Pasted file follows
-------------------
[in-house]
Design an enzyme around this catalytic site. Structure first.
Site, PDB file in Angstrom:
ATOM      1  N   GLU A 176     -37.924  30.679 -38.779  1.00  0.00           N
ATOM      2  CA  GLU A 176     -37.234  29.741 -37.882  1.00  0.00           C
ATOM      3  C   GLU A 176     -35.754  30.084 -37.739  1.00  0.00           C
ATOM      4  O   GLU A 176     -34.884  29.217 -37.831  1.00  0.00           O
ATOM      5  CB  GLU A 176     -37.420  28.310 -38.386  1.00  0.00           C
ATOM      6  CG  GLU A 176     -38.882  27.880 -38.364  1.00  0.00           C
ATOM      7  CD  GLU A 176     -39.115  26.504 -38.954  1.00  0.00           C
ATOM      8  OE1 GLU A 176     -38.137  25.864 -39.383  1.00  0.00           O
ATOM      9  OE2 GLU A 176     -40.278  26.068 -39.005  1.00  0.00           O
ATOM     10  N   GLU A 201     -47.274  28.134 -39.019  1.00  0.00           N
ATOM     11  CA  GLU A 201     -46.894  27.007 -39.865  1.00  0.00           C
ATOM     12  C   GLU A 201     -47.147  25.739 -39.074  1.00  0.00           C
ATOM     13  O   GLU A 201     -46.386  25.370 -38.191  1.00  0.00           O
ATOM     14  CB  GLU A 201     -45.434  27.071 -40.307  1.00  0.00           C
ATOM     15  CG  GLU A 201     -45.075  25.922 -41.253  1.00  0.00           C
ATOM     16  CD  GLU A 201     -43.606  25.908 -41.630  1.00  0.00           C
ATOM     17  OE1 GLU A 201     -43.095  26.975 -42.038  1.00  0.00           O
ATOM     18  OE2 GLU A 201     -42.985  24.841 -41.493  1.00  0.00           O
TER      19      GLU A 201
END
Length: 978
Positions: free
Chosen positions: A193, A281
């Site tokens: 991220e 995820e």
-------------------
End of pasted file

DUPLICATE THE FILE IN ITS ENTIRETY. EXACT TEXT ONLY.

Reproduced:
[in-house]
Design an enzyme around this catalytic site. Structure first.
Site, PDB file in Angstrom:
ATOM      1  N   GLU A 176     -37.924  30.679 -38.779  1.00  0.00           N
ATOM      2  CA  GLU A 176     -37.234  29.741 -37.882  1.00  0.00           C
ATOM      3  C   GLU A 176     -35.754  30.084 -37.739  1.00  0.00           C
ATOM      4  O   GLU A 176     -34.884  29.217 -37.831  1.00  0.00           O
ATOM      5  CB  GLU A 176     -37.420  28.310 -38.386  1.00  0.00           C
ATOM      6  CG  GLU A 176     -38.882  27.880 -38.364  1.00  0.00           C
ATOM      7  CD  GLU A 176     -39.115  26.504 -38.954  1.00  0.00           C
ATOM      8  OE1 GLU A 176     -38.137  25.864 -39.383  1.00  0.00           O
ATOM      9  OE2 GLU A 176     -40.278  26.068 -39.005  1.00  0.00           O
ATOM     10  N   GLU A 201     -47.274  28.134 -39.019  1.00  0.00           N
ATOM     11  CA  GLU A 201     -46.894  27.007 -39.865  1.00  0.00           C
ATOM     12  C   GLU A 201     -47.147  25.739 -39.074  1.00  0.00           C
ATOM     13  O   GLU A 201     -46.386  25.370 -38.191  1.00  0.00           O
ATOM     14  CB  GLU A 201     -45.434  27.071 -40.307  1.00  0.00           C
ATOM     15  CG  GLU A 201     -45.075  25.922 -41.253  1.00  0.00           C
ATOM     16  CD  GLU A 201     -43.606  25.908 -41.630  1.00  0.00           C
ATOM     17  OE1 GLU A 201     -43.095  26.975 -42.038  1.00  0.00           O
ATOM     18  OE2 GLU A 201     -42.985  24.841 -41.493  1.00  0.00           O
TER      19      GLU A 201
END
Length: 978
Positions: free
Chosen positions: A193, A281
């Site tokens: 991220e 995820e």